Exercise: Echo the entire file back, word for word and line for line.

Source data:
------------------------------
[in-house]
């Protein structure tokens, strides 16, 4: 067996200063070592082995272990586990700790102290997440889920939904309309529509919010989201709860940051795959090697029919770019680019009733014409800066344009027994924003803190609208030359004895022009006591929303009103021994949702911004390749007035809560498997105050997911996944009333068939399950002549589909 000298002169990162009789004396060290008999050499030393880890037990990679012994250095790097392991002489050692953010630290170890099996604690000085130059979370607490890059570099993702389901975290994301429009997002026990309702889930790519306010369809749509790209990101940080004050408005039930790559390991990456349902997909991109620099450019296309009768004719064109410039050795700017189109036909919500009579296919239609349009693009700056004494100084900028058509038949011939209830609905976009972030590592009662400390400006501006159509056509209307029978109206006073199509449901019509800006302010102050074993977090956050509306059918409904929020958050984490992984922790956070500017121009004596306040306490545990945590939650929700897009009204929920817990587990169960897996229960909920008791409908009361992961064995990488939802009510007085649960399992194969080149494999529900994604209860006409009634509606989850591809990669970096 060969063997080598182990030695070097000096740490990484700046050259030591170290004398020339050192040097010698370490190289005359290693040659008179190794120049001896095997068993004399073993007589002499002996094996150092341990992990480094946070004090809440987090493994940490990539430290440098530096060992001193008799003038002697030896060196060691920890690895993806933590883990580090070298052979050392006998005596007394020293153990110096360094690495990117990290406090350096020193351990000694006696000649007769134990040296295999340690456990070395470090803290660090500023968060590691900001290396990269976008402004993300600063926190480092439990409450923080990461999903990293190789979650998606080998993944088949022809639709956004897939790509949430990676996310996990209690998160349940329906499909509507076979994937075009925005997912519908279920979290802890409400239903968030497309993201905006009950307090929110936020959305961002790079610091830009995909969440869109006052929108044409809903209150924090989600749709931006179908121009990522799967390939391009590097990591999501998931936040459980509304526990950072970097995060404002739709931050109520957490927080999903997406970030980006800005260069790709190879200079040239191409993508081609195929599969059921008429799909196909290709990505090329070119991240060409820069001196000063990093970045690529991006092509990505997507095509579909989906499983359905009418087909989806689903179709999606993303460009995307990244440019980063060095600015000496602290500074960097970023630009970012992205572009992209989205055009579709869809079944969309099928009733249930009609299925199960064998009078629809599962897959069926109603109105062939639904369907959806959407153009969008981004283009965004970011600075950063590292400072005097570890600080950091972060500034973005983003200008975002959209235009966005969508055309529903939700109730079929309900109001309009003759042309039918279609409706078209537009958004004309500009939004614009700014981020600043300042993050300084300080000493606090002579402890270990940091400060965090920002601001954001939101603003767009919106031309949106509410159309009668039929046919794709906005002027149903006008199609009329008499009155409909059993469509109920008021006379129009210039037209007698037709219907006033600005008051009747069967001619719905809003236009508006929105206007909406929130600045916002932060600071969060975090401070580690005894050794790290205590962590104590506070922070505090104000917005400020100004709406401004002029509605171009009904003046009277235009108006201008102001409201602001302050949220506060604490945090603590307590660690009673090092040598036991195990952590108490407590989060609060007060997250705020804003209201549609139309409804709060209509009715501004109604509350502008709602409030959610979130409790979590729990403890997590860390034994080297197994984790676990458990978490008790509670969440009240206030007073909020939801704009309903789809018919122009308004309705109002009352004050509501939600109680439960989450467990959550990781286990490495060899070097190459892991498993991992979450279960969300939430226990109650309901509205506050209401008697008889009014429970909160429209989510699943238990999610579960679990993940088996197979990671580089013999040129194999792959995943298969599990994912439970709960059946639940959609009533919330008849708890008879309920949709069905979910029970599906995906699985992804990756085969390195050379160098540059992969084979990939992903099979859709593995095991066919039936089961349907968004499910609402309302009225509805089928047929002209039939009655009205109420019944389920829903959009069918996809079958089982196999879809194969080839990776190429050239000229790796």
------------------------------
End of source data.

[in-house]
């Protein structure tokens, strides 16, 4: 067996200063070592082995272990586990700790102290997440889920939904309309529509919010989201709860940051795959090697029919770019680019009733014409800066344009027994924003803190609208030359004895022009006591929303009103021994949702911004390749007035809560498997105050997911996944009333068939399950002549589909 000298002169990162009789004396060290008999050499030393880890037990990679012994250095790097392991002489050692953010630290170890099996604690000085130059979370607490890059570099993702389901975290994301429009997002026990309702889930790519306010369809749509790209990101940080004050408005039930790559390991990456349902997909991109620099450019296309009768004719064109410039050795700017189109036909919500009579296919239609349009693009700056004494100084900028058509038949011939209830609905976009972030590592009662400390400006501006159509056509209307029978109206006073199509449901019509800006302010102050074993977090956050509306059918409904929020958050984490992984922790956070500017121009004596306040306490545990945590939650929700897009009204929920817990587990169960897996229960909920008791409908009361992961064995990488939802009510007085649960399992194969080149494999529900994604209860006409009634509606989850591809990669970096 060969063997080598182990030695070097000096740490990484700046050259030591170290004398020339050192040097010698370490190289005359290693040659008179190794120049001896095997068993004399073993007589002499002996094996150092341990992990480094946070004090809440987090493994940490990539430290440098530096060992001193008799003038002697030896060196060691920890690895993806933590883990580090070298052979050392006998005596007394020293153990110096360094690495990117990290406090350096020193351990000694006696000649007769134990040296295999340690456990070395470090803290660090500023968060590691900001290396990269976008402004993300600063926190480092439990409450923080990461999903990293190789979650998606080998993944088949022809639709956004897939790509949430990676996310996990209690998160349940329906499909509507076979994937075009925005997912519908279920979290802890409400239903968030497309993201905006009950307090929110936020959305961002790079610091830009995909969440869109006052929108044409809903209150924090989600749709931006179908121009990522799967390939391009590097990591999501998931936040459980509304526990950072970097995060404002739709931050109520957490927080999903997406970030980006800005260069790709190879200079040239191409993508081609195929599969059921008429799909196909290709990505090329070119991240060409820069001196000063990093970045690529991006092509990505997507095509579909989906499983359905009418087909989806689903179709999606993303460009995307990244440019980063060095600015000496602290500074960097970023630009970012992205572009992209989205055009579709869809079944969309099928009733249930009609299925199960064998009078629809599962897959069926109603109105062939639904369907959806959407153009969008981004283009965004970011600075950063590292400072005097570890600080950091972060500034973005983003200008975002959209235009966005969508055309529903939700109730079929309900109001309009003759042309039918279609409706078209537009958004004309500009939004614009700014981020600043300042993050300084300080000493606090002579402890270990940091400060965090920002601001954001939101603003767009919106031309949106509410159309009668039929046919794709906005002027149903006008199609009329008499009155409909059993469509109920008021006379129009210039037209007698037709219907006033600005008051009747069967001619719905809003236009508006929105206007909406929130600045916002932060600071969060975090401070580690005894050794790290205590962590104590506070922070505090104000917005400020100004709406401004002029509605171009009904003046009277235009108006201008102001409201602001302050949220506060604490945090603590307590660690009673090092040598036991195990952590108490407590989060609060007060997250705020804003209201549609139309409804709060209509009715501004109604509350502008709602409030959610979130409790979590729990403890997590860390034994080297197994984790676990458990978490008790509670969440009240206030007073909020939801704009309903789809018919122009308004309705109002009352004050509501939600109680439960989450467990959550990781286990490495060899070097190459892991498993991992979450279960969300939430226990109650309901509205506050209401008697008889009014429970909160429209989510699943238990999610579960679990993940088996197979990671580089013999040129194999792959995943298969599990994912439970709960059946639940959609009533919330008849708890008879309920949709069905979910029970599906995906699985992804990756085969390195050379160098540059992969084979990939992903099979859709593995095991066919039936089961349907968004499910609402309302009225509805089928047929002209039939009655009205109420019944389920829903959009069918996809079958089982196999879809194969080839990776190429050239000229790796």